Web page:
Building from childhood moments that triggered their interest in architecture to structural marvels everyone should experience, Anya and Macio invite us into their world, sharing insights as modern-day architects.
At what age did you start considering a career in architecture?
Anya: Actually when I was very young. I loved planning play-play farms between the shrubs in our garden and it gave me a huge kick to work out where everything needed to be located – the house, the barn, the animals, the vehicles, the fields, the roads etc. Oh the excitement – I can still feel it now!
Macio: When I began to walk. I bumped into a low table, designed by my father, an Architect. On it lay a copy of Le Corbusier’s ‘Oeuvre Complète.’ (Last year I visited the ‘Mill Owners’ Association Building in Ahmedabad, India, built by Le Corbusier.) I grew up in an ‘Architectural’ household.
Which architectural styles resonate with you?
Anya: Many historical and regional styles resonate with me, usually due to their contextually appropriateness – be that time or place.
Macio: I don’t refer to ‘style’. I am interested in how all buildings are made, (irrespective of era or geo-political boundaries) – in theory, structure and materiality.
What are common challenges most architects face when designing a new space?
Anya: Editing through all the possible options, and finding ones way to the most appropriate, suitable, beautiful, contextually relevant and affordable option.
Macio: Perception. Credibility. Listening and being heard. And ‘blank canvas’ problems – speaking for myself. I’m not too sure what challenges other Architects face.
Share a morning ritual that you believe contributes to a good start to a working day.
Anya: Reading at least two or three newspapers with a big cup of coffee; our cat, Stompie, curled up at my feet on the bed.
Macio: Slow methodical progress, riding and schooling a horse as darkness turns to light, night becomes day.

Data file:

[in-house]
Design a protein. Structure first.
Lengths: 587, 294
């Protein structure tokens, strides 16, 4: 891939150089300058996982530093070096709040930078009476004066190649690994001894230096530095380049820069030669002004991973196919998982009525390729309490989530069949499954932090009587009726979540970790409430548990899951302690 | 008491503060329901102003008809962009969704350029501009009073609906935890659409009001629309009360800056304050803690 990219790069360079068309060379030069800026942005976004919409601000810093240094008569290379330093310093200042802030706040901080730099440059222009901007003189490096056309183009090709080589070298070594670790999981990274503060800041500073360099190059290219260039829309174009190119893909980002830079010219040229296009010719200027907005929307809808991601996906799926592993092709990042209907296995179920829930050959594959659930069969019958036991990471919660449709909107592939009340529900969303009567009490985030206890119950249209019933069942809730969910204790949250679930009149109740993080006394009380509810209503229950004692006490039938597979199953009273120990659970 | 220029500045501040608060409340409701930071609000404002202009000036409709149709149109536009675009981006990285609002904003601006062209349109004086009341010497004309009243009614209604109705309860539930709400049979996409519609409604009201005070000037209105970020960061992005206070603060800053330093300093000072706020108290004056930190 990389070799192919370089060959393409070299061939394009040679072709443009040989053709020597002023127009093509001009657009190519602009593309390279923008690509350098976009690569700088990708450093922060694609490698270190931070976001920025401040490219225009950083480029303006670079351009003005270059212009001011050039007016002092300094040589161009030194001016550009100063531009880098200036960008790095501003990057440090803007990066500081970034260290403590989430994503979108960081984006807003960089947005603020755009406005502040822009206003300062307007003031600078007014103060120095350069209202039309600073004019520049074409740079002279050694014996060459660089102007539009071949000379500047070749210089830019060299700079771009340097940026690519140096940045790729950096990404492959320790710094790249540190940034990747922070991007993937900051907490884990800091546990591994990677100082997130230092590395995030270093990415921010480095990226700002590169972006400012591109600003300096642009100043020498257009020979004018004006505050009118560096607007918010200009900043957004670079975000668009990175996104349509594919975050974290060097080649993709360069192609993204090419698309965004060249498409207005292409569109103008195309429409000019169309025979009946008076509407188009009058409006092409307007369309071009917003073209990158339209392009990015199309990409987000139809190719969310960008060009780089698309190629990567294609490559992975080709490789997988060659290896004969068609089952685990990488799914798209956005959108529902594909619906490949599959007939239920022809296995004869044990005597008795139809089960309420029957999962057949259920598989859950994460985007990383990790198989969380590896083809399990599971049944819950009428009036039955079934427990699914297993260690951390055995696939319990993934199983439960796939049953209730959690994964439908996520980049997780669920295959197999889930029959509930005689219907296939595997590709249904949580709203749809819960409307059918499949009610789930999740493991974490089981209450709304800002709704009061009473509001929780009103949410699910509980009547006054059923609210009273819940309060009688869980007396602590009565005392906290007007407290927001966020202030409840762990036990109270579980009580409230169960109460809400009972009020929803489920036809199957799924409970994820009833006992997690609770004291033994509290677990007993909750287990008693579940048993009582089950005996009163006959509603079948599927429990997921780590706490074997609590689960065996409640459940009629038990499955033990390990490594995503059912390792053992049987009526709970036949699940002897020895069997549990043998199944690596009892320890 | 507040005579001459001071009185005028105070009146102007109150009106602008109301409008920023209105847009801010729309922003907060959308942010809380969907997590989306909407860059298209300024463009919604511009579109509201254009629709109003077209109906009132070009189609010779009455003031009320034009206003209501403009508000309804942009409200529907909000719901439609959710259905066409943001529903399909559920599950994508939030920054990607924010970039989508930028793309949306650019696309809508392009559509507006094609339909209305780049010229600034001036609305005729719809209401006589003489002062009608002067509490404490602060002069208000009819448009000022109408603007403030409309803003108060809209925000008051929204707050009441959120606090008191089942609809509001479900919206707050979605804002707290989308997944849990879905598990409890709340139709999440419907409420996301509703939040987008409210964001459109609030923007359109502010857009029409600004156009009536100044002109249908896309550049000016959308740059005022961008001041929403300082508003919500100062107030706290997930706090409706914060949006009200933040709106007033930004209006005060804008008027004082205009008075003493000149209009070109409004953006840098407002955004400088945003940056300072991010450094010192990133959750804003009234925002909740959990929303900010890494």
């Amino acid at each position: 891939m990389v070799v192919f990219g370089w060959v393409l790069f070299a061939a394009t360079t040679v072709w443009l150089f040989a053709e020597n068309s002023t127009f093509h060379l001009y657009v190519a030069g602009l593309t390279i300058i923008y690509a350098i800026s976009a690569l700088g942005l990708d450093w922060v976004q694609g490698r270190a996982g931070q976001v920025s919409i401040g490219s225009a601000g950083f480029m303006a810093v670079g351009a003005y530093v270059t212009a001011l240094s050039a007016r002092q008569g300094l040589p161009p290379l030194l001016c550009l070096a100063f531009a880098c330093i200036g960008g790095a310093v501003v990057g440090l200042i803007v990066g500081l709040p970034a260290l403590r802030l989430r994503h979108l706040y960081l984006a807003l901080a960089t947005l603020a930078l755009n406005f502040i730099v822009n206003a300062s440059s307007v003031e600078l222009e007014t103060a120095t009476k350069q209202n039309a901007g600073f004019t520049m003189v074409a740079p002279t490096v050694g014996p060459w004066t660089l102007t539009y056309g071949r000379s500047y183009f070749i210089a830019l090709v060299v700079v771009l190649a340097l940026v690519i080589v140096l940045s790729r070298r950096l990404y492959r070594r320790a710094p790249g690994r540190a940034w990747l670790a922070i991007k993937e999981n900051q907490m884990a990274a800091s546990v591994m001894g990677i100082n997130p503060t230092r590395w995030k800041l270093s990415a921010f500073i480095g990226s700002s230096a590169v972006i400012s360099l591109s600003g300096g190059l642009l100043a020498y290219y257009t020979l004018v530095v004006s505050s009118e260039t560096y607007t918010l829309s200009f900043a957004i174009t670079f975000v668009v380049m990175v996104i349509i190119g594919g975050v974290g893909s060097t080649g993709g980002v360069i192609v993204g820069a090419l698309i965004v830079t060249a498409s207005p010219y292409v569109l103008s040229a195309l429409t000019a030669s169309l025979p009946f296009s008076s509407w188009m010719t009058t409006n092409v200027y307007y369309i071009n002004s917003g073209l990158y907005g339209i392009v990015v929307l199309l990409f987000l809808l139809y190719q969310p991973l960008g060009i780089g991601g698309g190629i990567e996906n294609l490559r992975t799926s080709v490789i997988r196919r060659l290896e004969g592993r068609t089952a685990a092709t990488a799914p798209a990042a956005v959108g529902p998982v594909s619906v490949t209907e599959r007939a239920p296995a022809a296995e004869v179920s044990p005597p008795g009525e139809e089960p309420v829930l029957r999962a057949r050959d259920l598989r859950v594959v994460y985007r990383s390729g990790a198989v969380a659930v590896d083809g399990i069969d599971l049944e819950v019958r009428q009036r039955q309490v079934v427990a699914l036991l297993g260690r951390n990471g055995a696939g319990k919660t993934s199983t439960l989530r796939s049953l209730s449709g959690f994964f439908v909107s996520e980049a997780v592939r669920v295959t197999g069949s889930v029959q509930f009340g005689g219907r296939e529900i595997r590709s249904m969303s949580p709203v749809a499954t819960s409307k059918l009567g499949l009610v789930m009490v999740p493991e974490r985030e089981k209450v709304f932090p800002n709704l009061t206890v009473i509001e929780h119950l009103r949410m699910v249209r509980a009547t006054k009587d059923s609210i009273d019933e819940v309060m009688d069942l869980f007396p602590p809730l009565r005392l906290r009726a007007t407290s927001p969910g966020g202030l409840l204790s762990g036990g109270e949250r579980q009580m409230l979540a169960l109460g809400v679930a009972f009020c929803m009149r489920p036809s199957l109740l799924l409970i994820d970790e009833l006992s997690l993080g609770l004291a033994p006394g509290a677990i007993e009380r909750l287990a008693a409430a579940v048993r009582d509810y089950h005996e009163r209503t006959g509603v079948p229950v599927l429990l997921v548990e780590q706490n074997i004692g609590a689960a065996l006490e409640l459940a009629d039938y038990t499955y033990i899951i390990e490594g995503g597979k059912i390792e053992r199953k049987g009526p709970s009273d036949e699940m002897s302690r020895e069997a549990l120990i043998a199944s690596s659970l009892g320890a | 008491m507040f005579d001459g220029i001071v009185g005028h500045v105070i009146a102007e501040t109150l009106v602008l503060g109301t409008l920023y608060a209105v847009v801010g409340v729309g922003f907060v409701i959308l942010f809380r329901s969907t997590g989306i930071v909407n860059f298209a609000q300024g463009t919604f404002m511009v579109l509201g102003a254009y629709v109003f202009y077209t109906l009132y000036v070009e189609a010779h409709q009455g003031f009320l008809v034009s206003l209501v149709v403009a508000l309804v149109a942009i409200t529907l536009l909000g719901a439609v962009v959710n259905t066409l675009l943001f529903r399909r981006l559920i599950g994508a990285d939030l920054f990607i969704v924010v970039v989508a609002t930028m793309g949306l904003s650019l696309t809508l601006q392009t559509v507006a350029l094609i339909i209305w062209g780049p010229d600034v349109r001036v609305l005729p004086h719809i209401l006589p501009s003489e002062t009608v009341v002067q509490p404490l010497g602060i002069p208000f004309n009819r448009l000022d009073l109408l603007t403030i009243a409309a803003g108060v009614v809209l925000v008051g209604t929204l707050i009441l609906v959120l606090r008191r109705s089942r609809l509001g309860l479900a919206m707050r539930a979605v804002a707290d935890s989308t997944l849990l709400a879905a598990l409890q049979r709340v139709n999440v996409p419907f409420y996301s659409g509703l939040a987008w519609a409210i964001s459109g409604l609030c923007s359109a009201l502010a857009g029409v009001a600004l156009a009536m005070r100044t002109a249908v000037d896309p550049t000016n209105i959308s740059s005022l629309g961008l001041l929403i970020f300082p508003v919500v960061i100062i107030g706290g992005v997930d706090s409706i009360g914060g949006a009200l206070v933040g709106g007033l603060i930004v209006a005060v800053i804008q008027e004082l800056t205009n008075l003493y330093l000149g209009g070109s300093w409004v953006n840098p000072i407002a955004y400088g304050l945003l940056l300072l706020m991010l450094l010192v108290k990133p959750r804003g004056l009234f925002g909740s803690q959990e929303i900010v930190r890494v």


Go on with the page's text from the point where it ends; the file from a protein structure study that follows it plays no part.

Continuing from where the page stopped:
Share 5 workspace essentials you simply cannot live without.
Anya: Coffee, an elegant and comfortable chair, good light, a good view and enough layout space.
Macio: Bumf paper, pencils, rubber, crayons, khoki pens, Tipp-Ex, masking tape, scanner, bin, cutting knife, glue, balsa wood, spray paint, screwdriver, jigsaw, drill, tables, lighting, music… 5? Not possible.
Where do you turn to for inspiration?
Anya: Landscape, landscape, landscape; particularly the Karoo. Klein, Groot, Hardemans, Tankwa, Moordenaars Karoo – they’re all beautiful.
Macio: Everything inside me and around me, whenever, wherever, all of the time.
Does it take a certain type of person to be an architect or is it all talent and hard work?
Anya: There are many types of architects, with many different roles to fill, but I would say that belief, stamina, compassion and care are characteristics that all architects need. Talent is a rare commodity and cannot always be relied upon to produce consistently high quality work.
Macio: I have no idea. Isn’t everything about hard work and talent – with a bit of luck thrown in? (Some of the greatest designers of all time don’t have a ‘B Arch degree’ between them). I’d be happy to think that designers come from all ‘types’ of people. That would hopefully keep it interesting.
Is there one specific project that you’re particularly proud of?
Anya: No, they’re all our babies!
Macio: I take pride in all the work we have done, and the next one…
Name one architectural marvel everyone should try to see in person.
Anya: The corbelled houses of the Northern Cape, around Carnarvon. Built by the Trekboers in the early 1800s they are truly magnificent; a marvel of construction and also exceptionally poetic in their absolute essentialism and authenticity.
Macio: Sorry, but there are so many, I could not fit it into one lifetime. Start with the ‘Beaubourg’ – the square and the Brancusi gallery – but being an ‘inclusivist’, see also The Monastery of La Tourette, France, by Le Corbusier and the Salk Institute for Biological Studies in La Jolla, California, USA – established by Jonas B Salk, designed by Louis Kahn.
Which country would you revisit in a heartbeat, purely for its architectural gems?
Anya: India – for its temples and mountaintop citadels.
Which three destinations should be on every architecture enthusiast’s bucket list?
Anya: Italy, India, Egypt. How can one possibly only choose three?
Macio: Rome, Parma, Las Vegas. (Was that 3 or 300?)
Are there any new materials you’re excited about or experimenting with?
Anya: I would love to have an opportunity to use integrated photovoltaic glass – a great concept which looks good and works well, but is extremely expensive.
Macio: Photovoltaic glass, new light fitting concepts.
What role does nature play in terms of design inspiration?
Anya: Everything. I don’t believe a single piece of architecture does not have its roots in nature, be that formal, structural, material, philosophical or other.
Macio: A primary and significant one. Given that we, as a species, have become divorced from nature, we need to examine our very interpretation and understanding of what nature really is.